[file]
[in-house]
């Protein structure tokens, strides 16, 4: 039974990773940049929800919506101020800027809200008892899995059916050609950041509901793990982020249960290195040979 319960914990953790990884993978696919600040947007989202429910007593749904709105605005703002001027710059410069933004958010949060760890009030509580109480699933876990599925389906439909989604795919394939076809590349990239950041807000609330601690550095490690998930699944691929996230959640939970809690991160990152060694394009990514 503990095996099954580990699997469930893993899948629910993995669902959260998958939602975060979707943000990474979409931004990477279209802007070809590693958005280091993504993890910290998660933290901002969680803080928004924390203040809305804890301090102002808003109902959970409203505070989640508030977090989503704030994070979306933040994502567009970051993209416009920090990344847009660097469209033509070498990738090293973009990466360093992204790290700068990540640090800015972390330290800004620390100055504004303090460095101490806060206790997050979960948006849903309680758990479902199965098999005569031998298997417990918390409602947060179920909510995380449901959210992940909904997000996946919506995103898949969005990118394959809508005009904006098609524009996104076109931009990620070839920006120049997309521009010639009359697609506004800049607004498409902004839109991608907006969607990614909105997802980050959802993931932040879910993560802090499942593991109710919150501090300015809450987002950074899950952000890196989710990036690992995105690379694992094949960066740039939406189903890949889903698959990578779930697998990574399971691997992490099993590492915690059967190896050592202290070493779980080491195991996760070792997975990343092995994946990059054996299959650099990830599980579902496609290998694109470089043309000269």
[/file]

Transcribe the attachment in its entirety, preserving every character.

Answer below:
[in-house]
């Protein structure tokens, strides 16, 4: 039974990773940049929800919506101020800027809200008892899995059916050609950041509901793990982020249960290195040979 319960914990953790990884993978696919600040947007989202429910007593749904709105605005703002001027710059410069933004958010949060760890009030509580109480699933876990599925389906439909989604795919394939076809590349990239950041807000609330601690550095490690998930699944691929996230959640939970809690991160990152060694394009990514 503990095996099954580990699997469930893993899948629910993995669902959260998958939602975060979707943000990474979409931004990477279209802007070809590693958005280091993504993890910290998660933290901002969680803080928004924390203040809305804890301090102002808003109902959970409203505070989640508030977090989503704030994070979306933040994502567009970051993209416009920090990344847009660097469209033509070498990738090293973009990466360093992204790290700068990540640090800015972390330290800004620390100055504004303090460095101490806060206790997050979960948006849903309680758990479902199965098999005569031998298997417990918390409602947060179920909510995380449901959210992940909904997000996946919506995103898949969005990118394959809508005009904006098609524009996104076109931009990620070839920006120049997309521009010639009359697609506004800049607004498409902004839109991608907006969607990614909105997802980050959802993931932040879910993560802090499942593991109710919150501090300015809450987002950074899950952000890196989710990036690992995105690379694992094949960066740039939406189903890949889903698959990578779930697998990574399971691997992490099993590492915690059967190896050592202290070493779980080491195991996760070792997975990343092995994946990059054996299959650099990830599980579902496609290998694109470089043309000269």